Decision 2015: JMCEL’s “bite sized politics” (Senate District 12)

INCUMBENT: Ben Nevers (Democrat)

DESCRIPTION: Senate District 12 is located in the Florida Parishes and contains all of Washington Parish, Saint Tammany Parish north of Abita Springs, and most of Tangipahoa Parish north of US Highway 190.


District Map

District Map









RED/BLUE RATING (using 2008, 2012, and 2014 elections): 63% Republican

JMCEL’s SUMMARY: The 1995 elections brought a noticeable Republican presence to the Louisiana Senate for the first time as several long-time Democratic incumbents were defeated by their Republican challengers. District 12 was one of those districts that contributed to the GOP “surge.”

District 12 itself is illustratitive of the changing politics and dempographics of the Florida Parishes. Decades ago, it contained all of Washington and Saint Tammany parishes, but the continued explosive growth in Saint Tammany has caused the district lines to steadily move north after each reapportionment session. However, the district has also included various configurations of Tangipahoa and Saint Helena Parishes over the years (Saint Helena is currently not in the district), and while suburbanization has impacted areas of Tangipahoa Parish in and around the exurb of Hammond, most of the district is still rural in character.

This political tension between suburban voters (who have voted heavily Republican) and rural residents (who were traditional “solid south Democrats”) has led to some competitive politics here. At the top of the ballot, Republicans almost always carry the district (although it voted 53-47% for Kathleen Blanco in her 2003 race against “Bobby” Jindal), while at the legislative level, Democrats have exhibited some residual strength, because a 51% majority can be constructed from the 25% black voter registration and the rural voters in Washington and northern Tangipahoa Parishes.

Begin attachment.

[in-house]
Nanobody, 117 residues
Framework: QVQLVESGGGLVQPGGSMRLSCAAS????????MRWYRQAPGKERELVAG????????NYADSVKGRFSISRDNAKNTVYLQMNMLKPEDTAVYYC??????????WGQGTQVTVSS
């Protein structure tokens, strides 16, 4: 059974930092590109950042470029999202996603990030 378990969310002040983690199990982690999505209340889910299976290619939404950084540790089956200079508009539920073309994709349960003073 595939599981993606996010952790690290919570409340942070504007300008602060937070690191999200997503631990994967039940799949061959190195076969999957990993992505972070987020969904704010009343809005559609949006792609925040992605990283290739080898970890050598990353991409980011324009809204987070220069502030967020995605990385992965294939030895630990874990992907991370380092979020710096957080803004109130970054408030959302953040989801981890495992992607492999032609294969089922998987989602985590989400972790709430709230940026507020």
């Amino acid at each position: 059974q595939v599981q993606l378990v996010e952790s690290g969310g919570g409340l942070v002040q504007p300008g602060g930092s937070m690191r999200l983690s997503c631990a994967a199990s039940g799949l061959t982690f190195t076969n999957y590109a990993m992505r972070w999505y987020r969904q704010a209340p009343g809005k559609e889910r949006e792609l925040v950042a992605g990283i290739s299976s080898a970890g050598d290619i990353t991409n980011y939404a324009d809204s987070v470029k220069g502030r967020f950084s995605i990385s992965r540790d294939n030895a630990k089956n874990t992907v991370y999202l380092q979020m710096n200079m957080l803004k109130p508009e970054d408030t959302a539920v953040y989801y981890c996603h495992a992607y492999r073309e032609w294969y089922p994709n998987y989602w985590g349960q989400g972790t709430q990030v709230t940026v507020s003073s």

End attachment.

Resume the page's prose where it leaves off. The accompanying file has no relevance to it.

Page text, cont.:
The 1995 defeat of long time (he was a Senator from 1951 to 1996) Democratic senator B.B. “Sixty” Rayburn was noteworthy, because the changing dempograhics of the district had never before impacted his re-election margins. His successor (Phil Short) didn’t serve long, however, and he resigned his position in 1999 to take a job with the Marines in Washington. His successor was state representative Jerry Thomas, who switched to the Republican Party to make the race, but only served for five years – he chose not to run for re-election in 2003 after an incident in 2002 where he was arrested for engaging in lewd conduct during a police raid at an adult bookstore in New Orleans. In the open seat race to succeed him, then representative Ben Nevers (who succeeded Thomas in the House) was elected in the primary when his Republican runoff opponent witdrew after getting 21% of the vote (Nevers received 43% in the first primary).

Even though Senator Nevers was unopposed in 2007, the Republicans seriously contested this seat in 2011, and Nevers only was re-elected with 51% of the vote. While he carried Tangipahoa with 54% and Washington with 56%, the 68% his Republican opponent got in Saint Tammany was why Senator Nevers was nearly defeated. Senator Nevers is term limited, and this race is high on the list of GOP pickup opportunities (Mitt Romney received 66% of the district vote, and 62% voted for Bill Cassidy). It’ll be interesting to see whether Democrats fight to hold onto this seat.